Sunday, September 30, 2012

The Amazing Race Season 21: Episode 1 Who's Ready to Get Paddled

The first thing you learn on the Amazing Race is Don't Tell Anyone Where the Clue Is, You Dumb Fuck! In the very first episode of the 21st season (debuted Sept. 30), the team with the woman with the metal legs was all nicey-nicey and told another team--this season's heterosexual couple with the hot girl and guy--the location of the clue that led them to the pit stop. Now, normally this would not be that big of a deal. The winning team of the first leg usually gets a pass so they can skip a road block in a future episode. That's helpful, but not crucial. But this time coming in first on Leg One  was a big deal. The twist this season, as host Phil Koeghan announced at the top of the show, was that if you win both the first AND the last leg, you win not one but two million dollars. So it matters a great deal who won in the first leg.

Amy and Daniel were in the lead, Amy is a snowboarder with artificial legs, and like a pair of idiots they told their nearest competitor the location of the clue in Shanghai that led to the pitstop and potentially $2 million dollars. Naturally, the second couple didn't think twice about passing Amy and Daniel and I don't blame them. I would run past the physically challenged person who helped me out to win $2 million. Amy and Daniel have no one but themselves to blame. Other teams--like the substitute teachers and the Sri Lankan twins--had the right idea and not helping their competitors by not revealing where the clue was. I particularly loved the attitude of Mutt and Jeff, the substitute teachers, who said the other teams were standing between them and $2 million dollars and they would screw them without blinking an eye. You see Mutt and Jeff--not their real names,but one is really tall and the other short, like a comic strip of the previous century--are huge fans of the show. They've auditioned 7 times and finally got on, so they know how to play the game and they ain't gonna lend a hand to nobody. Particularly not to the team right behind them, two Chippendale dancers, who almost got eliminated in spite of their physical prowess, handsome features, and gorgeous pecs.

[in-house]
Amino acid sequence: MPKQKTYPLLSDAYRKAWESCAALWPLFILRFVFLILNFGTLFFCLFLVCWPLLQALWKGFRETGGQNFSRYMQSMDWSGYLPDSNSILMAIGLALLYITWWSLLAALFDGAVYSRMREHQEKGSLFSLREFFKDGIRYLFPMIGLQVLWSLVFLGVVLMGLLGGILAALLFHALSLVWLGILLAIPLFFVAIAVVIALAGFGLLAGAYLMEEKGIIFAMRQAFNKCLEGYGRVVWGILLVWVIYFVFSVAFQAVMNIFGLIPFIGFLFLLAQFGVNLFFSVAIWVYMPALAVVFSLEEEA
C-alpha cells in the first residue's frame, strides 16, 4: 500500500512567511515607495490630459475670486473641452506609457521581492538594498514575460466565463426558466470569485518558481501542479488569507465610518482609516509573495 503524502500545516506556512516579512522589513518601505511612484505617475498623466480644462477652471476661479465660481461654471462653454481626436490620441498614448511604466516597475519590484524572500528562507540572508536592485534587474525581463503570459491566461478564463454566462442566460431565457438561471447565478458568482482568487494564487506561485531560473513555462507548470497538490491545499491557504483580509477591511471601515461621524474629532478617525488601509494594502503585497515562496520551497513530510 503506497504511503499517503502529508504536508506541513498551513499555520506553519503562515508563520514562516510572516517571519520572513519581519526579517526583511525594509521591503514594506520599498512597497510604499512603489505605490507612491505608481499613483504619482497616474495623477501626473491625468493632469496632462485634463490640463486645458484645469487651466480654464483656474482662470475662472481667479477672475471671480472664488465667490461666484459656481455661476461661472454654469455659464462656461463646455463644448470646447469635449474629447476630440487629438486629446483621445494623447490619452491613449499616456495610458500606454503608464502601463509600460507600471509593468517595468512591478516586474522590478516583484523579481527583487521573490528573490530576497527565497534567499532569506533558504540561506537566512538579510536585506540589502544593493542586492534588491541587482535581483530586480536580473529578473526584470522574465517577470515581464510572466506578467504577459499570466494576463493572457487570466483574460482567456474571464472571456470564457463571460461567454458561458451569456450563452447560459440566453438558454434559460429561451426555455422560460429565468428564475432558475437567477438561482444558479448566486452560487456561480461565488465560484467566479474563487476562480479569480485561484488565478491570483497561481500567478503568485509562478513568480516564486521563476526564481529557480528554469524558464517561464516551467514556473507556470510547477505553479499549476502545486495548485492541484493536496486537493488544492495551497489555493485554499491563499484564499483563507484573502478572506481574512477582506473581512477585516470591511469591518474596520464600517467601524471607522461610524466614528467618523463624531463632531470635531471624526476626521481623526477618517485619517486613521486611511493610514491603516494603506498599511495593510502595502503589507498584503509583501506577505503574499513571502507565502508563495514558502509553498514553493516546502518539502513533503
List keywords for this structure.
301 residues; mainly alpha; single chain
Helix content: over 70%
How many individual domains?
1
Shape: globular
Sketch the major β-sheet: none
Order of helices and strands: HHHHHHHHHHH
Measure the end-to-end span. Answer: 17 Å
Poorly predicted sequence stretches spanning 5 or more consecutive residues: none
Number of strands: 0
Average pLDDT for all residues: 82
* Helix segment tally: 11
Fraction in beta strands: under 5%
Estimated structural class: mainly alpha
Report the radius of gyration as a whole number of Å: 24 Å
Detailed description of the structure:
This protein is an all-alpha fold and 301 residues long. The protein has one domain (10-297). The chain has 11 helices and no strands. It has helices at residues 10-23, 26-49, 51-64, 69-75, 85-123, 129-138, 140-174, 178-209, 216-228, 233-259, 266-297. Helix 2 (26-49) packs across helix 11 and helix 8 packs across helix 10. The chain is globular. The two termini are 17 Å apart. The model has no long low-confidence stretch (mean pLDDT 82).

But let's go back to the beginning. The show opened with the usual suspense of teams arriving at the starting point--this time Pasadena, Calif. They've obviously hired a new director and editing team. The introductions of the contestants were full of quick cuts and artsy shots. On first impression, I hated Abbie and Ryan because of Ryan's macho attitude ("I insist on world domination" Gimme a break!), sorta love-hated the Chippendale dancers (both hot and cute, not arrogant, but I don't like it when physically powerful teams always win), and naturally adored the gay goat farmers. I also was drawn to the rock guys--even though celebrities who had played with Megadeath should not be competing with John and Jane Doe--and the substitute teachers.

The producers wisely pumped up the adrenaline right away by making the announcement about the $2 million and then having everyone repel off a high bridge to get the first clue rather than just running for it in their luggage. They also cut down the time at the airport which is always boring. Seven teams got on the first flight to Shanghai and the bottom four had to take a later flight putting them about 90 minutes behind.